Letters Home, Chapter 6: An Unexpected Attraction
i is Ashby
|Story Type: Original|
Content Cautions: None
Critique: Very welcome, no kid gloves needed. Commentary in general also very welcome.
Summary: Leigh moves from Earth to a station orbiting Mars for business reasons, but gradually becomes more and more attached to the place, for reasons her family can't fathom. I still have no plot; have some romantic comedy instead. That's *totally* Leigh over on the left. Or, at least, the woman who should play her in the 'Letters Home' movie.
Previous Chapters: Click here for all of them in reverse order.
Jak sighs to himself as he walks over towards the lone dirtsucker's table. One of these days he'll learn how to turn down one of Zil's outrageous dares. However, it apparently won't be today. He studies the girl as he turns sideways to let the host pass with a tray of food for a different table. Well, at least she's not ugly. She dresses like an Earther character in a satirical play, though. Wonder what she's doing at this restaurant? It's not exactly in the guidebook, and it's not the sort of place you just happen upon accidentally.
Startled from some train of thought, she looks hurriedly up at him and blurts, "Everything is lovely, thank you," before realizing that he's not the (10cm shorter, pale-skinned, elderly) host. Charming. He's never seen anyone suddenly turn pink like that before. He hopes she's not contagious, plasters his best 'rakishly handsome charming fellow' grin on, and ripostes, "Well, I'm sure Jin Ho will be glad to hear that. But that's not really why I came over. May I sit?"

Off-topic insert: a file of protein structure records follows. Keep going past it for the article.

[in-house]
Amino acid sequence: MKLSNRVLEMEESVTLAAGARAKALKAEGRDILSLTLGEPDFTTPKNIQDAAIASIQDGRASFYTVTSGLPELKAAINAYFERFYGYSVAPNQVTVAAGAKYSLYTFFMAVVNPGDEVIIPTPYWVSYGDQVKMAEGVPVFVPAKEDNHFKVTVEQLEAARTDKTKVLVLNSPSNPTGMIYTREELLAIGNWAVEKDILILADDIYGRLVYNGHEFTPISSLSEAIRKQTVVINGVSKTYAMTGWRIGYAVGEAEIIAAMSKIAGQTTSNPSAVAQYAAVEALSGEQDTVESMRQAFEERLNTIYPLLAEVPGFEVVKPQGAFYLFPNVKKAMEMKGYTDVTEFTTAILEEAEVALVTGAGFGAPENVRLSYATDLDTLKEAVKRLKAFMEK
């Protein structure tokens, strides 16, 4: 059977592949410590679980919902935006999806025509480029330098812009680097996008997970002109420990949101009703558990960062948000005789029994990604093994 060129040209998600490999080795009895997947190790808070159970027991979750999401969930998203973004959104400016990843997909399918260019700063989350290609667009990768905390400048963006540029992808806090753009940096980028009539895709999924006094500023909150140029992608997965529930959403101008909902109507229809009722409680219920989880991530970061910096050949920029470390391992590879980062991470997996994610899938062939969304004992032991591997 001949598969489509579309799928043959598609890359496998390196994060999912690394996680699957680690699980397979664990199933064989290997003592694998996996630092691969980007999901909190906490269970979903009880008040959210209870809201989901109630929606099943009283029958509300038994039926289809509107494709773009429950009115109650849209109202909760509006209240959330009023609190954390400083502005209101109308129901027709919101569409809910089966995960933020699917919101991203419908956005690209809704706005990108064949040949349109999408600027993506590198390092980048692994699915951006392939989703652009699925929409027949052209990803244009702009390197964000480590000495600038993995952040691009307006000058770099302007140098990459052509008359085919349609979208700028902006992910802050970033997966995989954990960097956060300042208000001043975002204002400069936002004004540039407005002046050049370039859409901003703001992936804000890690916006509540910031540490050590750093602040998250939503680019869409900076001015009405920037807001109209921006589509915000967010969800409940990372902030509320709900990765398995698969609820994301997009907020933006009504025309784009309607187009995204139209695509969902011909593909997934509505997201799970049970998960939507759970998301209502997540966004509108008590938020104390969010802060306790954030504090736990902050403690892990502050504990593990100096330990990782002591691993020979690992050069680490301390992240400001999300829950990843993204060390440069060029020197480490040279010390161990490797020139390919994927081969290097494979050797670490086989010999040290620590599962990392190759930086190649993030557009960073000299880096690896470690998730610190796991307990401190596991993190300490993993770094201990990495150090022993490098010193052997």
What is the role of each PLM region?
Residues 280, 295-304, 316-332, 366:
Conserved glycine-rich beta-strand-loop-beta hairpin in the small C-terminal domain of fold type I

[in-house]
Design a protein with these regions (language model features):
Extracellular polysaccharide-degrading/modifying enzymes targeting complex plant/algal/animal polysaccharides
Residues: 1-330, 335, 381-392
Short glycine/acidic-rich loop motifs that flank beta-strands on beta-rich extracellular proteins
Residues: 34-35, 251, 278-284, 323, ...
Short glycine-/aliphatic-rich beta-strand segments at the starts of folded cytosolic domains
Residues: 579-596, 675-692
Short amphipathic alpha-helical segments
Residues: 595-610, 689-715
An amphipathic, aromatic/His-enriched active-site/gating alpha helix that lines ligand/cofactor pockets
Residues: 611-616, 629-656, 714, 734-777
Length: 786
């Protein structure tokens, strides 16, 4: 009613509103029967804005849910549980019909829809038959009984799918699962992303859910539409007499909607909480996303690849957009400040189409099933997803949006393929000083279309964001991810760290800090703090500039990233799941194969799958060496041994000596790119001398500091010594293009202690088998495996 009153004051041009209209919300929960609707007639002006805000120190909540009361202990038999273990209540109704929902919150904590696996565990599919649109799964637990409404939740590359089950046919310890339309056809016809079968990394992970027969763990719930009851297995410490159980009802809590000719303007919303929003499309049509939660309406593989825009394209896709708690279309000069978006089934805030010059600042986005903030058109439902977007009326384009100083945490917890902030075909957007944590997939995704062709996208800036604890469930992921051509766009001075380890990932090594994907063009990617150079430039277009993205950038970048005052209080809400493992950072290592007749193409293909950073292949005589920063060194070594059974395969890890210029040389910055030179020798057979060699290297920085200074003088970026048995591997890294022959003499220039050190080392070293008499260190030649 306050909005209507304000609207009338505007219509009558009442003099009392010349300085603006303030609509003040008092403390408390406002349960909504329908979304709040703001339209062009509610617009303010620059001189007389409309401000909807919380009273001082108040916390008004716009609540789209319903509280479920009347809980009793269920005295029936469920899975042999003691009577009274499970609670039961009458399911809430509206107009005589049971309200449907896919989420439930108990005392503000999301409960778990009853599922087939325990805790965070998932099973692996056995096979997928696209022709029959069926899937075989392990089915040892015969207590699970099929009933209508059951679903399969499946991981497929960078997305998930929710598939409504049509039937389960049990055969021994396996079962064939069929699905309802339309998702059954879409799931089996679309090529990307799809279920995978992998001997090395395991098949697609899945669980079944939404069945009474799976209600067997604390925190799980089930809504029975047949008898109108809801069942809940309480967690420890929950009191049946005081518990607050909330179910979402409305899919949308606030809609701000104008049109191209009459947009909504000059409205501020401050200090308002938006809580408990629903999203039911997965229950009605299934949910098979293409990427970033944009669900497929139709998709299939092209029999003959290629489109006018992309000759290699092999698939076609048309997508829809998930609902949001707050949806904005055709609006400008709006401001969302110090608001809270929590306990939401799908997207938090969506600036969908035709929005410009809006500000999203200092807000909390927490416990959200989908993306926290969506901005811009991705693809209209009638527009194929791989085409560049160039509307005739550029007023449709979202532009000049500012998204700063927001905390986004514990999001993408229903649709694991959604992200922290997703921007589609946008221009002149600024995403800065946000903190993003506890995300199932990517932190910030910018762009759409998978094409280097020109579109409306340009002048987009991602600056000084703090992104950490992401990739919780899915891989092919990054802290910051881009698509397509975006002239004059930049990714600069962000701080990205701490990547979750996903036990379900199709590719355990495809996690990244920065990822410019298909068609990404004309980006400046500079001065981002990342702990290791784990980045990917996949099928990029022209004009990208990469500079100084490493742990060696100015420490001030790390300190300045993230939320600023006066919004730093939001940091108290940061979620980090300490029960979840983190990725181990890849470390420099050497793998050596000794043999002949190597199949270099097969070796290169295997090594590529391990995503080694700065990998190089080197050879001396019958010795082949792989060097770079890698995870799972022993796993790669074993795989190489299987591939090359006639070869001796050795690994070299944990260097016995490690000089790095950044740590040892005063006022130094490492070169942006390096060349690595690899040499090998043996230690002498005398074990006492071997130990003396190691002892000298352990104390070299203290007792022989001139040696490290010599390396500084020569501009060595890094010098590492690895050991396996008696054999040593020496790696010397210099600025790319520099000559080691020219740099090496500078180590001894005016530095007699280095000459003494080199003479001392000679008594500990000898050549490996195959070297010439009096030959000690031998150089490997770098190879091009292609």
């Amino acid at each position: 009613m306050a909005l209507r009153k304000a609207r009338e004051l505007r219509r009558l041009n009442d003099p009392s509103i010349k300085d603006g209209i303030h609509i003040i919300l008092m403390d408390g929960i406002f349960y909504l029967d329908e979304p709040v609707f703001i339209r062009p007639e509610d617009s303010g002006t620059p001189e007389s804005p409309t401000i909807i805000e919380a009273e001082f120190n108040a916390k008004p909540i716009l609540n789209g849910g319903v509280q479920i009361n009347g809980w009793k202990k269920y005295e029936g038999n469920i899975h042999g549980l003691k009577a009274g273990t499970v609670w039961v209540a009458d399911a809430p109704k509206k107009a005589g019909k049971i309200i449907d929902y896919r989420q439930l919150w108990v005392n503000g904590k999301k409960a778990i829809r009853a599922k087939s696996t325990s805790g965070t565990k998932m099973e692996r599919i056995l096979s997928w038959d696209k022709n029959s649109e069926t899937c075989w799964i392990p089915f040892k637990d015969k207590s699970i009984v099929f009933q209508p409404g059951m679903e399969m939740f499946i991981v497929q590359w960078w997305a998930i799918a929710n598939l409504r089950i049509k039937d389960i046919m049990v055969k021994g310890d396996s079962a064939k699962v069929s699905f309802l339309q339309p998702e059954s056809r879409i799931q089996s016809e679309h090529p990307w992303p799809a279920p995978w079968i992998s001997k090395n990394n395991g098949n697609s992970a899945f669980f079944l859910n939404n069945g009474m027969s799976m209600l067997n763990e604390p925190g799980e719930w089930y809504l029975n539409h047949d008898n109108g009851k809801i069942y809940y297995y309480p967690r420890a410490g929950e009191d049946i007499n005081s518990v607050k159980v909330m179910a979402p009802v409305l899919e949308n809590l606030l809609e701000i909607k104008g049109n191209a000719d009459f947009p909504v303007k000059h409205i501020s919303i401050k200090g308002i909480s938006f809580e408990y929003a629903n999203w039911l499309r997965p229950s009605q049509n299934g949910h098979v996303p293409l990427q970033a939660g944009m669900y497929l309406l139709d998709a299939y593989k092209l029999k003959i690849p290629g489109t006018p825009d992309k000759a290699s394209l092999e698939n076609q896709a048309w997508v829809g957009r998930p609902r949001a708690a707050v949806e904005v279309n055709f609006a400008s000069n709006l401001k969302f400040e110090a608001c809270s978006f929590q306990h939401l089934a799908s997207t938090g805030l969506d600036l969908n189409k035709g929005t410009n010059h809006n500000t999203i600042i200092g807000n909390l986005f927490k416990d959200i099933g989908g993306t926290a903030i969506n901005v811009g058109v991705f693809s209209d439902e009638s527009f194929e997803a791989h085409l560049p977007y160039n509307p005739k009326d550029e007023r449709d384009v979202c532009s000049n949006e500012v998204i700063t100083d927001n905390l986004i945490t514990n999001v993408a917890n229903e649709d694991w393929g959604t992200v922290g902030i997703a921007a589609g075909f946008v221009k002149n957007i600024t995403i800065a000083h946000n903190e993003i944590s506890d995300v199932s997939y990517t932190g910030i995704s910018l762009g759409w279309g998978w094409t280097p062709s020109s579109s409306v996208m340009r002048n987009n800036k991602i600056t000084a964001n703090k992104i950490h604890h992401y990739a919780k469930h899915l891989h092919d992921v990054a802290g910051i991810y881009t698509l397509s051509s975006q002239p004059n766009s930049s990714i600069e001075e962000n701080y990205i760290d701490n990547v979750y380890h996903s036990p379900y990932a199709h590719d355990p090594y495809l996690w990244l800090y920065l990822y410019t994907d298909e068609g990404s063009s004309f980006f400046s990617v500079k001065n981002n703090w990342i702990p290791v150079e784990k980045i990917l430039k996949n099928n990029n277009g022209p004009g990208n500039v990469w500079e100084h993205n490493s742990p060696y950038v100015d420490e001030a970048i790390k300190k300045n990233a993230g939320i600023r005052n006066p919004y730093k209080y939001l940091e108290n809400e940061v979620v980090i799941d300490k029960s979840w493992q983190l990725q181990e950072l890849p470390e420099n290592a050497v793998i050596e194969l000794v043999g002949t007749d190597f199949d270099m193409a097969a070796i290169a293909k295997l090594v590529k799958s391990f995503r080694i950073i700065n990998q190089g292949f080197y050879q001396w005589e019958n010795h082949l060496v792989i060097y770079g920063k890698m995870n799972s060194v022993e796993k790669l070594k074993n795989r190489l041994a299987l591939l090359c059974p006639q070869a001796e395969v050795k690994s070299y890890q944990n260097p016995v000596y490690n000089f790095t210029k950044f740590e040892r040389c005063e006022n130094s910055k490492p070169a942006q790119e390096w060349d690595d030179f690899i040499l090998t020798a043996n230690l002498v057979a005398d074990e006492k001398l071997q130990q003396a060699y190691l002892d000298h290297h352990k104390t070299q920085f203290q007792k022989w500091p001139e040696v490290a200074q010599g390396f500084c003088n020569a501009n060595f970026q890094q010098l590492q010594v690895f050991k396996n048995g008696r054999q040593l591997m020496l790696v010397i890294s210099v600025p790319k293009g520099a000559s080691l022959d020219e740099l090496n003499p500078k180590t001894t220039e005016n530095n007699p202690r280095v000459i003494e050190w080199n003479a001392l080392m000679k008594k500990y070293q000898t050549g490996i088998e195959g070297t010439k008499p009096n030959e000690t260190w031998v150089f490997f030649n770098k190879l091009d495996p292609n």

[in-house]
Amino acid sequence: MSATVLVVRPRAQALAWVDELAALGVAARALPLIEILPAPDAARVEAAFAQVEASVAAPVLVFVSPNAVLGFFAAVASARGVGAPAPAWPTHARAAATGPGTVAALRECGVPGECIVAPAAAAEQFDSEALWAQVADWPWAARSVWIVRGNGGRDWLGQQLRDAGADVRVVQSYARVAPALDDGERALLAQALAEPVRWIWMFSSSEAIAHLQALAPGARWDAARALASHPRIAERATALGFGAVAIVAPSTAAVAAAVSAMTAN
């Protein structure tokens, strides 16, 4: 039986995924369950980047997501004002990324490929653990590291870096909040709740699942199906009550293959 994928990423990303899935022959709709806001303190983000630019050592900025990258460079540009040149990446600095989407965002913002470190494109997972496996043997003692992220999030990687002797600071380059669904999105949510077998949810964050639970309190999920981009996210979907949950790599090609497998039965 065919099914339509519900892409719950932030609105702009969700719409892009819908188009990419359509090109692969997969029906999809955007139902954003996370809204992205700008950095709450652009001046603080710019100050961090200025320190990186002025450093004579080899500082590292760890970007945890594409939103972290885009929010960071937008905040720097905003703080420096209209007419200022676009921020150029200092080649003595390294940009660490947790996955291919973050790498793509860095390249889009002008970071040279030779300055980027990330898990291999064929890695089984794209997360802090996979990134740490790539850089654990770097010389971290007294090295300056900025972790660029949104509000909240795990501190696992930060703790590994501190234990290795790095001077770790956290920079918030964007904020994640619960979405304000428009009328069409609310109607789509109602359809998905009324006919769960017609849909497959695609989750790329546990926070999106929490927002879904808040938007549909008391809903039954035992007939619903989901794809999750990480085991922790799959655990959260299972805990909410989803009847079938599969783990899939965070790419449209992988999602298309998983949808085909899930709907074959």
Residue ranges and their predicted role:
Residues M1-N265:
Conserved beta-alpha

When she replies, "Sure," he sinks onto the cushion opposite her, and studies her choices. Can she really like vatshrimp spread? Horrible stuff. No, wait, small talk. Must be charming. She's clearly trying desperately to come up with something to say. No help there. Oh, well. He tilts his head engagingly and says, "So ... what brings you the Happy Teapot? It's not exactly on the beaten path." She swallows and tucks her hair behind her ear again (does she have any idea how badly her blipcuff clashes with that shirt?) before saying, "Oh! I have a project." A pause before she realizes she should, y'know, explain. "I'm trying to broaden my horizons."
Earthers and their weird idioms. Skip it, move on, be charming, everyone's watching ... "Oh? That sounds adventurous." He pauses a moment, then adds, "I'm Jak Dunne, by the way," with a smile.
She reflexively returns the smile with a rather charming, slightly self-conscious grin. "I'm Leigh Harrison," she says. "I'm from Earth."
Even she seems to immediately notice the banality of that comment. Which is hopeful, that she can spot herself being insipid. He replies with an amused smile and a quirked eyebrow. "Really? Wow. Earth ..."
She rolls her eyes, still grinning, then glances embarrassedly down at the table. She picks up a vatshrimp sandwich triangle and fiddles with it a little as she replies. "Yeah, I do customer service and billing for Universal Interplanetary," she says. She glances up at him with head still bent, and half-asks, "You know, they do shipping?"